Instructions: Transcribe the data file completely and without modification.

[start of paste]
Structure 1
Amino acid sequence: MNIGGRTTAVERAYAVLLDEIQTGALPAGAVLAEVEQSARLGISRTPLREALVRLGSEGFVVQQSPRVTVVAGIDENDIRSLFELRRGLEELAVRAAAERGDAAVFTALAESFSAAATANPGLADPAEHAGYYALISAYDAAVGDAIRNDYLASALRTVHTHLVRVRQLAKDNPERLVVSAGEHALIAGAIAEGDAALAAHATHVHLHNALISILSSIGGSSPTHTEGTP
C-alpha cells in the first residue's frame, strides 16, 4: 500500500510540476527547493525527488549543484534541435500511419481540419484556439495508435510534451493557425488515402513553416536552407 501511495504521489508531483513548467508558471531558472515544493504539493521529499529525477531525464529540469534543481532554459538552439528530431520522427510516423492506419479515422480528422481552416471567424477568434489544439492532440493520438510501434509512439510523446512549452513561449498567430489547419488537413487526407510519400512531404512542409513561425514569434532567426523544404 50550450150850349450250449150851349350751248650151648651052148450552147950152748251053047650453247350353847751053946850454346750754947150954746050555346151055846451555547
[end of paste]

Structure 1
Amino acid sequence: MNIGGRTTAVERAYAVLLDEIQTGALPAGAVLAEVEQSARLGISRTPLREALVRLGSEGFVVQQSPRVTVVAGIDENDIRSLFELRRGLEELAVRAAAERGDAAVFTALAESFSAAATANPGLADPAEHAGYYALISAYDAAVGDAIRNDYLASALRTVHTHLVRVRQLAKDNPERLVVSAGEHALIAGAIAEGDAALAAHATHVHLHNALISILSSIGGSSPTHTEGTP
C-alpha cells in the first residue's frame, strides 16, 4: 500500500510540476527547493525527488549543484534541435500511419481540419484556439495508435510534451493557425488515402513553416536552407 501511495504521489508531483513548467508558471531558472515544493504539493521529499529525477531525464529540469534543481532554459538552439528530431520522427510516423492506419479515422480528422481552416471567424477568434489544439492532440493520438510501434509512439510523446512549452513561449498567430489547419488537413487526407510519400512531404512542409513561425514569434532567426523544404 50550450150850349450250449150851349350751248650151648651052148450552147950152748251053047650453247350353847751053946850454346750754947150954746050555346151055846451555547